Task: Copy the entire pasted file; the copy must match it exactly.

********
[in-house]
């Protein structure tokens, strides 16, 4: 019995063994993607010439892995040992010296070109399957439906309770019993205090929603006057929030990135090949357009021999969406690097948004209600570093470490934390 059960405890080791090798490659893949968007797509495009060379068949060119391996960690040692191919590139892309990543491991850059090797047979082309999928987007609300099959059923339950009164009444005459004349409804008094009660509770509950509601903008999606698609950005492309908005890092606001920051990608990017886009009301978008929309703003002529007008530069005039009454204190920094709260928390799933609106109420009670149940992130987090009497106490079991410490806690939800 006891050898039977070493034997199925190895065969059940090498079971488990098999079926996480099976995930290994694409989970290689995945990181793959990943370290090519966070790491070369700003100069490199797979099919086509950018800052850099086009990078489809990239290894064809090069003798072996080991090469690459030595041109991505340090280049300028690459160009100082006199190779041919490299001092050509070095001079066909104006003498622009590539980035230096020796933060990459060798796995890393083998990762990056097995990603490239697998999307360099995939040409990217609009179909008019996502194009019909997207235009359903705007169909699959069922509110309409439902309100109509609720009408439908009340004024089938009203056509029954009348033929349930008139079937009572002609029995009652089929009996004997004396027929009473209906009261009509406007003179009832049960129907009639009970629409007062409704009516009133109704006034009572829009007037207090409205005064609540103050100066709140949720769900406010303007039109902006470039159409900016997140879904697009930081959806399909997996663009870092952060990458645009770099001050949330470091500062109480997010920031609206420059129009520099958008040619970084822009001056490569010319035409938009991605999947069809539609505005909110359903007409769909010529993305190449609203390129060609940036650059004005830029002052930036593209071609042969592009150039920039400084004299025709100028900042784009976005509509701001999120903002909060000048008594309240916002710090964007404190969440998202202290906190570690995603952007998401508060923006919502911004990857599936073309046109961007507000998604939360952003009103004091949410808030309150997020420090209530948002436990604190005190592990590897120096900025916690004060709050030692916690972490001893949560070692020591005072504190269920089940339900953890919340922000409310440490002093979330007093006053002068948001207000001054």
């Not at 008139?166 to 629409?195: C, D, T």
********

[in-house]
């Protein structure tokens, strides 16, 4: 019995063994993607010439892995040992010296070109399957439906309770019993205090929603006057929030990135090949357009021999969406690097948004209600570093470490934390 059960405890080791090798490659893949968007797509495009060379068949060119391996960690040692191919590139892309990543491991850059090797047979082309999928987007609300099959059923339950009164009444005459004349409804008094009660509770509950509601903008999606698609950005492309908005890092606001920051990608990017886009009301978008929309703003002529007008530069005039009454204190920094709260928390799933609106109420009670149940992130987090009497106490079991410490806690939800 006891050898039977070493034997199925190895065969059940090498079971488990098999079926996480099976995930290994694409989970290689995945990181793959990943370290090519966070790491070369700003100069490199797979099919086509950018800052850099086009990078489809990239290894064809090069003798072996080991090469690459030595041109991505340090280049300028690459160009100082006199190779041919490299001092050509070095001079066909104006003498622009590539980035230096020796933060990459060798796995890393083998990762990056097995990603490239697998999307360099995939040409990217609009179909008019996502194009019909997207235009359903705007169909699959069922509110309409439902309100109509609720009408439908009340004024089938009203056509029954009348033929349930008139079937009572002609029995009652089929009996004997004396027929009473209906009261009509406007003179009832049960129907009639009970629409007062409704009516009133109704006034009572829009007037207090409205005064609540103050100066709140949720769900406010303007039109902006470039159409900016997140879904697009930081959806399909997996663009870092952060990458645009770099001050949330470091500062109480997010920031609206420059129009520099958008040619970084822009001056490569010319035409938009991605999947069809539609505005909110359903007409769909010529993305190449609203390129060609940036650059004005830029002052930036593209071609042969592009150039920039400084004299025709100028900042784009976005509509701001999120903002909060000048008594309240916002710090964007404190969440998202202290906190570690995603952007998401508060923006919502911004990857599936073309046109961007507000998604939360952003009103004091949410808030309150997020420090209530948002436990604190005190592990590897120096900025916690004060709050030692916690972490001893949560070692020591005072504190269920089940339900953890919340922000409310440490002093979330007093006053002068948001207000001054």
């Not at 008139?166 to 629409?195: C, D, T």